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How did Black Friday start and where did come from?


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Black Friday is an informal name for the day following Thanksgiving Day in the United States, the fourth Thursday of November, which has been regarded as the beginning of the country's Christmas shopping season since 1952.

The earliest evidence of the phrase Black Friday applied to the day after Thanksgiving in a shopping context suggests that the term originated in Philadelphia, where it was used to describe the heavy and disruptive pedestrian and vehicle traffic that would occur on the day after Thanksgiving. This usage dates to at least 1961. More than twenty years later, as the phrase became more widespread, a popular explanation became that this day represented the point in the year when retailers begin to turn a profit, thus going from being "in the red" to being "in the black".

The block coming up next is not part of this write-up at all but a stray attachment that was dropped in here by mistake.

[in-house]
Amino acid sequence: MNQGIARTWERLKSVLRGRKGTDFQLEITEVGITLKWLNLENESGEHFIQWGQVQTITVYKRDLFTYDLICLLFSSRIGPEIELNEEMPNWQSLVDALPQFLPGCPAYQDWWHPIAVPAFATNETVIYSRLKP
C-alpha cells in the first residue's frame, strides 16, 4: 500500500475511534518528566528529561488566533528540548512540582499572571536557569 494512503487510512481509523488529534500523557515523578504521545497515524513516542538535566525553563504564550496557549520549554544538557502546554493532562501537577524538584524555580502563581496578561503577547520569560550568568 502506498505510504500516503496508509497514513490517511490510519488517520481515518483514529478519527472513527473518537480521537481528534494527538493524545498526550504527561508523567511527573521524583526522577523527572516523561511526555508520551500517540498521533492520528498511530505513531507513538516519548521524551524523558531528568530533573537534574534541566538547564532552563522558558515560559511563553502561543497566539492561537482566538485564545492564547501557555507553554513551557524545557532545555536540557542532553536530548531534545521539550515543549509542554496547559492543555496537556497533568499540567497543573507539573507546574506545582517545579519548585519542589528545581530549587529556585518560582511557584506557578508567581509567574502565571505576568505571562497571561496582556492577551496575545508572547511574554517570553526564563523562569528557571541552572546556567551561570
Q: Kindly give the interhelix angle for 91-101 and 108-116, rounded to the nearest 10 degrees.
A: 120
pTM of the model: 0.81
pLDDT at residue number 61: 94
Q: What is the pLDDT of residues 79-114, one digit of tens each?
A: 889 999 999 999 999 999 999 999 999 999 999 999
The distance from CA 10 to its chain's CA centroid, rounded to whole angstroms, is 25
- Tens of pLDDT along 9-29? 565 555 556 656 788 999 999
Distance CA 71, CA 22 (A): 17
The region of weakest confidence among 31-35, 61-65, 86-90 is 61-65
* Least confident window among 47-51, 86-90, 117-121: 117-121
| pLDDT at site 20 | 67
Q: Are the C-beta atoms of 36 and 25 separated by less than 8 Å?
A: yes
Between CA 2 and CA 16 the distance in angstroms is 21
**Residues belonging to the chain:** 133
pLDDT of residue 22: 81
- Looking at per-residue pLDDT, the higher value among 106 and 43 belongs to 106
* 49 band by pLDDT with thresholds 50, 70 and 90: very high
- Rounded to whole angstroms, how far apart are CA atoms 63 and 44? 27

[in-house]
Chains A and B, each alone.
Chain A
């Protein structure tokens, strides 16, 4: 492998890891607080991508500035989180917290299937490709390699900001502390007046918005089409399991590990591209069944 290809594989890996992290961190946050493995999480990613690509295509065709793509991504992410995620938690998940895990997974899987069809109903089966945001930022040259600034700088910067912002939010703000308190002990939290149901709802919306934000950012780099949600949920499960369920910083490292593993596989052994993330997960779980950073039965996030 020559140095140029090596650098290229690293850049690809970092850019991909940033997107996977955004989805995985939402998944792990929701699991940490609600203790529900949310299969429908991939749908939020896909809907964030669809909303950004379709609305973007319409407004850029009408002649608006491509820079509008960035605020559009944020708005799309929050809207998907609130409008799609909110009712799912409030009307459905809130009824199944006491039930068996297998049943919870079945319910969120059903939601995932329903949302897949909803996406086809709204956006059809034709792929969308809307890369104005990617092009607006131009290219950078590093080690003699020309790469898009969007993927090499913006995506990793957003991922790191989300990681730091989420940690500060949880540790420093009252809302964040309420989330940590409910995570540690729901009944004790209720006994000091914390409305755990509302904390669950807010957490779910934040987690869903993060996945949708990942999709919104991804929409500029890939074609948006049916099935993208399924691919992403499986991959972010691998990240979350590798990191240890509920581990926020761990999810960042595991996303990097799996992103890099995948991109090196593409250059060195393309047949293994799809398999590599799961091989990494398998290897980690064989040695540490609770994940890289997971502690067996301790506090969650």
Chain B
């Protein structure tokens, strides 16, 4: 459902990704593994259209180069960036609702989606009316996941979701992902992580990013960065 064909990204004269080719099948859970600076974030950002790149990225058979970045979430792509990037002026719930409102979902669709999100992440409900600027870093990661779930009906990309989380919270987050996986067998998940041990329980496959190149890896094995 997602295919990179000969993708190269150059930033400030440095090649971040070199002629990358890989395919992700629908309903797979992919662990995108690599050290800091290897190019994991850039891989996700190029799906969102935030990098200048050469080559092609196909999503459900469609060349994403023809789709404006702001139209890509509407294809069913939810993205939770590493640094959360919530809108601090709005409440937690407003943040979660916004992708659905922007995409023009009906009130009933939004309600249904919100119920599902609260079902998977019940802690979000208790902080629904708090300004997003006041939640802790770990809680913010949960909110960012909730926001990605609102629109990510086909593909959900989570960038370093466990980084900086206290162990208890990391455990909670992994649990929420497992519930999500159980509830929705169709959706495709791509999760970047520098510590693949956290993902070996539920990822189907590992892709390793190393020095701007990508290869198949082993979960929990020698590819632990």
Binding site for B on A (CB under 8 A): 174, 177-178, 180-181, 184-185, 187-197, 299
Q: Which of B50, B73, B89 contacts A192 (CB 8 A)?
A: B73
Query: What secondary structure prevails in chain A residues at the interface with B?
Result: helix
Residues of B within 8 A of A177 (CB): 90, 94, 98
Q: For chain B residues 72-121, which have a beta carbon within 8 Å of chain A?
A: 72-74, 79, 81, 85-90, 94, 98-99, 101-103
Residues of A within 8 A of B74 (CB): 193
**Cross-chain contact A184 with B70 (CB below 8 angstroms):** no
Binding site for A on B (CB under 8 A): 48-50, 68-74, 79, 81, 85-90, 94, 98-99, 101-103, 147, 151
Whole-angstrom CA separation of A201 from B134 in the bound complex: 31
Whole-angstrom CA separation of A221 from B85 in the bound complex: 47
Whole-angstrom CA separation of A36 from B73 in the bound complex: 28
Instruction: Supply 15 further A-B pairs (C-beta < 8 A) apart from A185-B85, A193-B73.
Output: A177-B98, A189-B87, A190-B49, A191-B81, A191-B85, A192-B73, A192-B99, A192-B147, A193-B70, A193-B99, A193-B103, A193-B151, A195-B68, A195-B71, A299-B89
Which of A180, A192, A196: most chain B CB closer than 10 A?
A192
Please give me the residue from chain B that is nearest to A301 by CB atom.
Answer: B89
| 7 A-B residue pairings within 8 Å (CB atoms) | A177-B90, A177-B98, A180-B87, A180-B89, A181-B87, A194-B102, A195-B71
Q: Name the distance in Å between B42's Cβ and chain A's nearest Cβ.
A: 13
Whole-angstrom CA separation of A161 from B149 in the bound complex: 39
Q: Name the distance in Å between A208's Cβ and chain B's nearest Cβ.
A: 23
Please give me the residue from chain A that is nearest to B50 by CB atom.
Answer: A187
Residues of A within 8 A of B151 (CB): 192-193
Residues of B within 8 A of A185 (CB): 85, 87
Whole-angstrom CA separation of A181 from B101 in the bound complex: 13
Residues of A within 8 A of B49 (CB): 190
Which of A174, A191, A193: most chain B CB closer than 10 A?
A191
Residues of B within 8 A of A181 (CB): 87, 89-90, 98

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  • 3 years later...

Black Friday have a dark history as opposed to the positive connotation it carries today with the big sales, deals and promos. In the 1950's, Philadelphia police used this term to describe the chaos that happened the day after Thanksgiving. On this day, hordes of shoppers and tourists flocked to the city to prepare for the Army-Navy football game. The cops would not be able to take the day off and would have to work extra long shifts to deal with the crowd and traffic. Shoplifters on the other hand, would take advantage of the chaos and add up to the police's head ache. 

Merchants and boosters tried to change the term to Red Friday to remove the negative connotation, but failed. However, retailers found a way to reinvent the meaning and turn it into something that reflected positivity on them and their customers.

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